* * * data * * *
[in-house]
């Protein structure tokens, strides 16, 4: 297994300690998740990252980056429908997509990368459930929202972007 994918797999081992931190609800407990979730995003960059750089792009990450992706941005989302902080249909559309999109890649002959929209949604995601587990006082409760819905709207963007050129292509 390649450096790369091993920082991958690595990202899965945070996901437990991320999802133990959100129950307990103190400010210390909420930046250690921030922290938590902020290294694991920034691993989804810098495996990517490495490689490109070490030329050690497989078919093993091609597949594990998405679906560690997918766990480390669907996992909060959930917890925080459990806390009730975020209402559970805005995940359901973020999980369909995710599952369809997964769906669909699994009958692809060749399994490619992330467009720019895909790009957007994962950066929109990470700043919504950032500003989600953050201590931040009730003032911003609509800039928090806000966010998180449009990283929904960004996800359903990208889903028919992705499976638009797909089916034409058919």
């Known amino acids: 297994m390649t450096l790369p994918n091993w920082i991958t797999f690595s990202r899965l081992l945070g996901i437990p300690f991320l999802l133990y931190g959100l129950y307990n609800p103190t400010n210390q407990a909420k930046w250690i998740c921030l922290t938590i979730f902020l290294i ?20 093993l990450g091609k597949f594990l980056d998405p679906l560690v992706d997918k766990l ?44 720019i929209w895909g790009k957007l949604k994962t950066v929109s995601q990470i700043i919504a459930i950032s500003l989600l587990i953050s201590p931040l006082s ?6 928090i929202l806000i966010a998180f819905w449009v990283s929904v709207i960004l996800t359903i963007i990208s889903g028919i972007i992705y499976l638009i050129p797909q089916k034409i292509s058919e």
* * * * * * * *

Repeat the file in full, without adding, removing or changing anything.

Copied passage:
[in-house]
């Protein structure tokens, strides 16, 4: 297994300690998740990252980056429908997509990368459930929202972007 994918797999081992931190609800407990979730995003960059750089792009990450992706941005989302902080249909559309999109890649002959929209949604995601587990006082409760819905709207963007050129292509 390649450096790369091993920082991958690595990202899965945070996901437990991320999802133990959100129950307990103190400010210390909420930046250690921030922290938590902020290294694991920034691993989804810098495996990517490495490689490109070490030329050690497989078919093993091609597949594990998405679906560690997918766990480390669907996992909060959930917890925080459990806390009730975020209402559970805005995940359901973020999980369909995710599952369809997964769906669909699994009958692809060749399994490619992330467009720019895909790009957007994962950066929109990470700043919504950032500003989600953050201590931040009730003032911003609509800039928090806000966010998180449009990283929904960004996800359903990208889903028919992705499976638009797909089916034409058919």
């Known amino acids: 297994m390649t450096l790369p994918n091993w920082i991958t797999f690595s990202r899965l081992l945070g996901i437990p300690f991320l999802l133990y931190g959100l129950y307990n609800p103190t400010n210390q407990a909420k930046w250690i998740c921030l922290t938590i979730f902020l290294i ?20 093993l990450g091609k597949f594990l980056d998405p679906l560690v992706d997918k766990l ?44 720019i929209w895909g790009k957007l949604k994962t950066v929109s995601q990470i700043i919504a459930i950032s500003l989600l587990i953050s201590p931040l006082s ?6 928090i929202l806000i966010a998180f819905w449009v990283s929904v709207i960004l996800t359903i963007i990208s889903g028919i972007i992705y499976l638009i050129p797909q089916k034409i292509s058919e």